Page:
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Arrrrrrrrrrrrr, Bridgeport

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  • Arrrrrrrrrrrrr, Bridgeport

    In a moment of stupidity, I snapped off the key in the BP spindle. I had a slitting saw in a stub mandrel. Mine tends to be self tightening. I finished the job, and removed the assembly, only to remember I hadn't loosened the nut first, so I could remove the blade. So, I put it back in the spindle, and HAND tightened the drawbar. Put the wrench on the nut and gave it a big yank, while holding the spindle brake. Yup, SNAP went the key.

    So, I made a nice spanner wrench, removed the nut at the bottom of the quill, after removing the locking screw. Took a ball end allen wrench and removed the locking screw, then the key screw. Looked at and said, self looks like a 1/4-28, I have some, this should be no problem. I decided to verify it's really a fractional thread, rather than metric. As far as I can tell, it's a 1/4-32. ARRRRRRRRRR. And other expleteives.

    None of my catalogs list any 1/4-32 screws. Taps, and dies, yes. I do believe that if it's really the only way, I can build one from scratch, with a slot rather than the hex socket.

    Anybody know a good source of BP small parts? I hate to pay $20.00 shipping and handling on a 50 cent part.

    Thanks, TC
    I cut it off twice; it's still too short
    Oregon, USA

  • #2
    Try this. []. Great people to deal with. Jim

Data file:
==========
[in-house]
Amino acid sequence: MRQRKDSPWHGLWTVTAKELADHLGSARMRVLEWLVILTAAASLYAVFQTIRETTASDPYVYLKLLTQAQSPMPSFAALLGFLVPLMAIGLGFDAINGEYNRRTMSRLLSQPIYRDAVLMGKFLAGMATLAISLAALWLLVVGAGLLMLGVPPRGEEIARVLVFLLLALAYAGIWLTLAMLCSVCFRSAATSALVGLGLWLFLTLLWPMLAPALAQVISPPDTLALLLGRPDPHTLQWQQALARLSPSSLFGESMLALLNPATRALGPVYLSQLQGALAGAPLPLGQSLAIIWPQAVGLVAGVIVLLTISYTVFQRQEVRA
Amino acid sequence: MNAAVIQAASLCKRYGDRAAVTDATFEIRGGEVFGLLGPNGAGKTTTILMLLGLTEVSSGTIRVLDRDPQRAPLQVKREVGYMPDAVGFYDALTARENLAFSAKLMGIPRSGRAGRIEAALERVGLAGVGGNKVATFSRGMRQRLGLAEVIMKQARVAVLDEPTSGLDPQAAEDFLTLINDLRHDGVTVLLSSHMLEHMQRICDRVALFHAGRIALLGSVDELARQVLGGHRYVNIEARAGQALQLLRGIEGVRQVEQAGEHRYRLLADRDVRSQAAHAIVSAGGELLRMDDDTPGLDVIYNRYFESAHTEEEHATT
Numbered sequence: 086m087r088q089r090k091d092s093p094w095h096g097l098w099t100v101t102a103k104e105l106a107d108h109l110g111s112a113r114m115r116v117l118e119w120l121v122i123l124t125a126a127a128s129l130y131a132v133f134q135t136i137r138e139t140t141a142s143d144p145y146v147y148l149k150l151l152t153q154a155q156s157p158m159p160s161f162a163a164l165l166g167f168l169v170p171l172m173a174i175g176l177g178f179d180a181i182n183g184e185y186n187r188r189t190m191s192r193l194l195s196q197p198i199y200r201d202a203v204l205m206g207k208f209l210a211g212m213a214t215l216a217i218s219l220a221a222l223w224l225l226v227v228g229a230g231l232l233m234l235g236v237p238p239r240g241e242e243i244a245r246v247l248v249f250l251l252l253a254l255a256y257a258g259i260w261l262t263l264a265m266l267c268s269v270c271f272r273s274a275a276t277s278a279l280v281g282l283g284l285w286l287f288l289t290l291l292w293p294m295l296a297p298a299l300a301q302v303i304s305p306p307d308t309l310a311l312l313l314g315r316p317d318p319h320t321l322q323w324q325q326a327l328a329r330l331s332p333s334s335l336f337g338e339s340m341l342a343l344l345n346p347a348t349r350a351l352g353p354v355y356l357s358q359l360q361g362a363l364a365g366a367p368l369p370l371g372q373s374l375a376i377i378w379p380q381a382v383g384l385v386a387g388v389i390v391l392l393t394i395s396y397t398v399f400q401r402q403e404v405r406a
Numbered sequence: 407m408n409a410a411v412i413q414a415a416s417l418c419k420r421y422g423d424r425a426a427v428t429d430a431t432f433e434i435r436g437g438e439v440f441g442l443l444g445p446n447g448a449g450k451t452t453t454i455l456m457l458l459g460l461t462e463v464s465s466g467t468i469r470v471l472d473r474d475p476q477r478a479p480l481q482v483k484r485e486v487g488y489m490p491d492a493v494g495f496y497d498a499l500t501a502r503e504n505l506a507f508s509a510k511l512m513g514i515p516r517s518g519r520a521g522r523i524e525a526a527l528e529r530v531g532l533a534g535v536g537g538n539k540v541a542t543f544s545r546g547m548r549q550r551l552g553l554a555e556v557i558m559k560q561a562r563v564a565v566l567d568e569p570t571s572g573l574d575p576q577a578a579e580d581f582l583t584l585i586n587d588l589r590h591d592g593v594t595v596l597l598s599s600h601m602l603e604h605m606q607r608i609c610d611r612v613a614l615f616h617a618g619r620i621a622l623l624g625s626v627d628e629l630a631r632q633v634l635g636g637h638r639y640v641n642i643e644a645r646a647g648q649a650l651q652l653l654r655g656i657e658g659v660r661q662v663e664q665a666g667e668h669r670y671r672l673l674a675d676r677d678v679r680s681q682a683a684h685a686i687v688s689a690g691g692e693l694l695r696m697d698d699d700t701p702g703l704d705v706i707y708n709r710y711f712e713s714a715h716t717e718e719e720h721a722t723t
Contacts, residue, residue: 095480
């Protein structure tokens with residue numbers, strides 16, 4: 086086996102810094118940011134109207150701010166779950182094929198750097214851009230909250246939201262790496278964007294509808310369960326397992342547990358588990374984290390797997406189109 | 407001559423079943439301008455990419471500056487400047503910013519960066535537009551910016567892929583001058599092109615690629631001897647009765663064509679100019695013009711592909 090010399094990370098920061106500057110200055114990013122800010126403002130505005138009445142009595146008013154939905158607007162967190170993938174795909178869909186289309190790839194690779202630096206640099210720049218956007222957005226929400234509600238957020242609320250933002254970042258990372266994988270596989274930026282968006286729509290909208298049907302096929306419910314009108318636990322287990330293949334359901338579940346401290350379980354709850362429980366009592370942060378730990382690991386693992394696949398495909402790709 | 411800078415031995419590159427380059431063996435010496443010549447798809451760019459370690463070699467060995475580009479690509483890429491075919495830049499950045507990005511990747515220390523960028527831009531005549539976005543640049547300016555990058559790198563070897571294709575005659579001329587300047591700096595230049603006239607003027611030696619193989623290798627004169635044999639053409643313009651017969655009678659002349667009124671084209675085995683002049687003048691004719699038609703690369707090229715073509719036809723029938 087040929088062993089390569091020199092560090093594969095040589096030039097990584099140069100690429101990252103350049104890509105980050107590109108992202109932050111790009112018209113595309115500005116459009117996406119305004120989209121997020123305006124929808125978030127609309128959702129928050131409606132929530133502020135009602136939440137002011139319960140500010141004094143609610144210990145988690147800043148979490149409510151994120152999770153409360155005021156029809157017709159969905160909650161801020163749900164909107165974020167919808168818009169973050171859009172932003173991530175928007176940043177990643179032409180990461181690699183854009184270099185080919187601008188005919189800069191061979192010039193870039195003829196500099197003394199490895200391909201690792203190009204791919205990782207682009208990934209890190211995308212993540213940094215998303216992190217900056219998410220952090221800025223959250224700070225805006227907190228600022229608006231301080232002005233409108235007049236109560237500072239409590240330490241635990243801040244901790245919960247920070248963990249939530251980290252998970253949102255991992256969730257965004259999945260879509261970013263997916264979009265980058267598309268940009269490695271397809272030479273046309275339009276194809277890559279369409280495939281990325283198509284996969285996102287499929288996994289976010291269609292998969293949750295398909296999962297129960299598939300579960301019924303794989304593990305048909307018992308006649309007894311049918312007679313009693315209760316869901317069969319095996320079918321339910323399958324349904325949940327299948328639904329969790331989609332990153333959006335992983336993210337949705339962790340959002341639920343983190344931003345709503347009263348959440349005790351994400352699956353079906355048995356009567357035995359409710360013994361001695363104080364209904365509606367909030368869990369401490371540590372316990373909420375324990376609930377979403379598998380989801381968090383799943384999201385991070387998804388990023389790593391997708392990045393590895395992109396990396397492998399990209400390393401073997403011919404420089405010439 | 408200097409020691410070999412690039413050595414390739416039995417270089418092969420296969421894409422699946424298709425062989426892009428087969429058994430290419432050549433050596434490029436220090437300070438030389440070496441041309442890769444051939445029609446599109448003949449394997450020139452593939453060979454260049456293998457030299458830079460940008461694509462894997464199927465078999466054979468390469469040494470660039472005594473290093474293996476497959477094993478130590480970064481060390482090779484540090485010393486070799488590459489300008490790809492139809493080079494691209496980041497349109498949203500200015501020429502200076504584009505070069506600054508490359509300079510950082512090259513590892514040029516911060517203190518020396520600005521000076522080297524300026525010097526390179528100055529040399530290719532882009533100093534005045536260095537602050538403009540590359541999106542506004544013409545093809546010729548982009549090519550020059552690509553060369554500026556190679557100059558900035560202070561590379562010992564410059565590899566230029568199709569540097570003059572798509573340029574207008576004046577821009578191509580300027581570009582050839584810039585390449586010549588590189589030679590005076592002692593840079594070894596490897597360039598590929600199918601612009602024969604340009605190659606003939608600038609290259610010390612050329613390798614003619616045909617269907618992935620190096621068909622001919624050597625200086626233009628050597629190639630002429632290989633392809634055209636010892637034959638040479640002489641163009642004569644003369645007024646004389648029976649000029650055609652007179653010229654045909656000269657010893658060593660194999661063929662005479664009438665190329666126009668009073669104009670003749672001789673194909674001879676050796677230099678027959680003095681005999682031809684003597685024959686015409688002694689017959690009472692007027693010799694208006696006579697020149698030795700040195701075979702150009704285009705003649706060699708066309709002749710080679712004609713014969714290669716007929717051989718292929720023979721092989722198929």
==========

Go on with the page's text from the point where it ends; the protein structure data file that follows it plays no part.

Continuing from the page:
JIM : You don't get a 2nd chance to make a 1st impression.


    • #3
      I have always taken the key out of my spindles for 20 years. If the tool is over torqued and turns in the spindle, there is only some scuffing, as opposed to deep scars if you gouge the collet/toolholder and/or snap off the key. I have taken some very heavy cuts with the CNC mill (R8 spindle) and not spun the toolholder. It makes manual toolchanges way easier doing dozens or hundreds a day not having to find that key every time. Try running without for a while. You will probably never put it back in.
      Kansas City area


      • #4
        Yep.. no keys in any of mine... never problem tightening either.


        • #5
          Out of the 20 or so bridgeports I have seen, none of them had the key. Mine in the garage does not either.


          • #6
            Originally posted by lakeside53
            Yep.. no keys in any of mine... never problem tightening either.
            Same here...I removed mine early on...had to
            Location: Saskatoon, Saskatchewan, Canada


            • #7
              Why in the world would you want to replace the broken key? It is a pain in the ass most the time and the loss of it is the best thing that can happen.
              It's only ink and paper


              • #8
                Over the years I have worked with Bridgies that had keys and also had keys missing. One shop I was at purposely removed them I think. It is a quicker easier setup without I think.

                The only real consequence is if your collet has some damaged threads, it will be tough to install; you learn pretty quick to take it out and run a tap through it to clean the threads up (trust me, its worth the time) but once that is done, you are good to go again.

                Try it for a bit without the key- you may decide to leave it out!